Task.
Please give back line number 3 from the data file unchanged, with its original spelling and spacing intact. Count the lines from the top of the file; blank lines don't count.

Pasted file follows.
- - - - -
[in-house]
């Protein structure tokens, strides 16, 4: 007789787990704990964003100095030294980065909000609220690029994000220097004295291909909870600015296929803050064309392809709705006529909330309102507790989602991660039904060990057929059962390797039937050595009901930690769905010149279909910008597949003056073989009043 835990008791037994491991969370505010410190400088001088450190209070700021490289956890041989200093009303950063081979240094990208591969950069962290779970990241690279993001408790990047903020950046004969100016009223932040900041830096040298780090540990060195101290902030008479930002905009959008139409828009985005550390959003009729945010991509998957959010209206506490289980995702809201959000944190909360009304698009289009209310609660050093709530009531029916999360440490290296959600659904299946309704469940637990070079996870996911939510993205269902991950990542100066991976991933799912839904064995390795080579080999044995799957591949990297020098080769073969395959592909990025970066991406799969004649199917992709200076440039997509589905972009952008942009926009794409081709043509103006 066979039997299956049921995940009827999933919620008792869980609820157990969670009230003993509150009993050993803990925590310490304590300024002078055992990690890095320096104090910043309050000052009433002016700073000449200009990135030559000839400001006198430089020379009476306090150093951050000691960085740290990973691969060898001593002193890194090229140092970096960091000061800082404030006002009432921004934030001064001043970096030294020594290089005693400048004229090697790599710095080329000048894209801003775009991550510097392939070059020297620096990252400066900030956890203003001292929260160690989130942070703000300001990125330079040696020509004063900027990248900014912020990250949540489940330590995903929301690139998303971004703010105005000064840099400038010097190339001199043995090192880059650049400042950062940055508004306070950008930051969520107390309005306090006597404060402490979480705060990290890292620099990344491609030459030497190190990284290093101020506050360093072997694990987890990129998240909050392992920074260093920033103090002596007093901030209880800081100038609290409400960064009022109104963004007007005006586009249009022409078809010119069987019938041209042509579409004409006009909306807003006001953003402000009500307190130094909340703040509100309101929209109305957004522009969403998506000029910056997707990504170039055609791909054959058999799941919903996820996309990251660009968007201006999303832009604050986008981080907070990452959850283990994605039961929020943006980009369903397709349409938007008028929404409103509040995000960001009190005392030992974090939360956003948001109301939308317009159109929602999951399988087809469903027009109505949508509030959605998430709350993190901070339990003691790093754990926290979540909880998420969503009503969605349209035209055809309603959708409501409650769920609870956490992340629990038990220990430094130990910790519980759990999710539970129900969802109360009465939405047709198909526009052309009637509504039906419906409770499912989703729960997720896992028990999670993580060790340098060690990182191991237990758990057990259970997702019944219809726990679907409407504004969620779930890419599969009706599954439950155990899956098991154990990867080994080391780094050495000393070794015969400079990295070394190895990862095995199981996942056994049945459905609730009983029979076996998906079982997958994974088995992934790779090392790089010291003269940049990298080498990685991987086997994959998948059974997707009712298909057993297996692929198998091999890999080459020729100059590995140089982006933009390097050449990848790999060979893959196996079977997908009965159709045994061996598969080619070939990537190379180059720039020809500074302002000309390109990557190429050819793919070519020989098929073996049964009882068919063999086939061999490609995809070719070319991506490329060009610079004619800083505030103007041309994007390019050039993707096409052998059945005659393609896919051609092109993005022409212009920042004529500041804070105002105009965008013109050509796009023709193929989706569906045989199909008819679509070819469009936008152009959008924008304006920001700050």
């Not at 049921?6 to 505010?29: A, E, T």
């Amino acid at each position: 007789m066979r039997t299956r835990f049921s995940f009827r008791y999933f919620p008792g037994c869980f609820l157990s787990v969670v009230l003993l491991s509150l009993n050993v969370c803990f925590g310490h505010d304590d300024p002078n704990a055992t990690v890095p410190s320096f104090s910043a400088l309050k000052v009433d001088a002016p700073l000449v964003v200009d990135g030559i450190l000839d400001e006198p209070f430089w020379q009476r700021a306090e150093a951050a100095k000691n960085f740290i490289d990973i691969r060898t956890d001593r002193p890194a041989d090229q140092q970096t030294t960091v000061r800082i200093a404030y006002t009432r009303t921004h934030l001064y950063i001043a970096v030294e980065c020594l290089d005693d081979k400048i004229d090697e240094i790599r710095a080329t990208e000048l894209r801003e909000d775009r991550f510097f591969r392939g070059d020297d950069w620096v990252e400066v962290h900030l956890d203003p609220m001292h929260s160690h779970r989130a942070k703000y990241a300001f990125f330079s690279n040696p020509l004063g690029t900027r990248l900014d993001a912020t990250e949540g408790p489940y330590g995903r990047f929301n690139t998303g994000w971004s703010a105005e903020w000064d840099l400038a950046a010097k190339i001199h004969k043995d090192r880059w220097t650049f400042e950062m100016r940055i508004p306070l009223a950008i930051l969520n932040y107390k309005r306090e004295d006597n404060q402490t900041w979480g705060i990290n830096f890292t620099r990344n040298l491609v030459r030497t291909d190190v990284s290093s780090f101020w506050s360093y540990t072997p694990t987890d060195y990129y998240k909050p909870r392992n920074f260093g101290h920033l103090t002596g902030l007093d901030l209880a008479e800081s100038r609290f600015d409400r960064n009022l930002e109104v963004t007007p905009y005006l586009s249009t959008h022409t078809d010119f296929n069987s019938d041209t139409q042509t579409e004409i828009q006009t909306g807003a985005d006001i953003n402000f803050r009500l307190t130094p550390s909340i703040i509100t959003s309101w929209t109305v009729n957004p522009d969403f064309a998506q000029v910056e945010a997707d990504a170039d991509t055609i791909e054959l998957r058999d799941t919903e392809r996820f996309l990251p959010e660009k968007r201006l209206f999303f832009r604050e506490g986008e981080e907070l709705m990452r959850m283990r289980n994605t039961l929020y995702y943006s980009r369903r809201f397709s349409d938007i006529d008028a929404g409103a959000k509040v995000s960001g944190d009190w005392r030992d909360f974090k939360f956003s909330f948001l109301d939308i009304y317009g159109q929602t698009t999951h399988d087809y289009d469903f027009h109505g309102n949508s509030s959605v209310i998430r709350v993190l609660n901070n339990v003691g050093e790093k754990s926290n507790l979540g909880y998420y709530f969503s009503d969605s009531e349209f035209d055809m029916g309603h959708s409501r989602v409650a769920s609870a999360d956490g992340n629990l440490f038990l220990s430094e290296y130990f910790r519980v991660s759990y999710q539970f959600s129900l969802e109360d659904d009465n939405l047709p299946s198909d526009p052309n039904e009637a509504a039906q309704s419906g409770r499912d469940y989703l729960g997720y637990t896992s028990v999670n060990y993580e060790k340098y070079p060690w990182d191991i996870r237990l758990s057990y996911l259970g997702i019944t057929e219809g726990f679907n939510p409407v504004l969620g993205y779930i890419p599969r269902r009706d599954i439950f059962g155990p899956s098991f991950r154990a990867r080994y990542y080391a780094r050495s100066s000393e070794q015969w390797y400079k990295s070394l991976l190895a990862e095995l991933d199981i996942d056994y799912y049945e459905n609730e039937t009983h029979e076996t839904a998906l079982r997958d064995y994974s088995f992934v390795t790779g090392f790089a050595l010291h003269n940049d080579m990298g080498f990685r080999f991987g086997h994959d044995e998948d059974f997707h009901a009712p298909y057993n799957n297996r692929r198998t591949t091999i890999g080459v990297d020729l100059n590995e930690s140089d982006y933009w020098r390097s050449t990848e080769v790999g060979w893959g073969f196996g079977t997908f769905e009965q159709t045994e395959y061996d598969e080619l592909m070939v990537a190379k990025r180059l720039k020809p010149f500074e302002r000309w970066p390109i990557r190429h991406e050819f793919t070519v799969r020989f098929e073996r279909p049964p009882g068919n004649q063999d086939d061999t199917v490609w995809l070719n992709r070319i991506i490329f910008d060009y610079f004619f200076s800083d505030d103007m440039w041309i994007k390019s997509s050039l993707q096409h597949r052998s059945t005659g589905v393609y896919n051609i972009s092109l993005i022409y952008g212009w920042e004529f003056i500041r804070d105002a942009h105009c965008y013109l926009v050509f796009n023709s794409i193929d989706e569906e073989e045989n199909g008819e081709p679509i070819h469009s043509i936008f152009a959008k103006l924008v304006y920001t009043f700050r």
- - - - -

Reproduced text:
């Not at 049921?6 to 505010?29: A, E, T």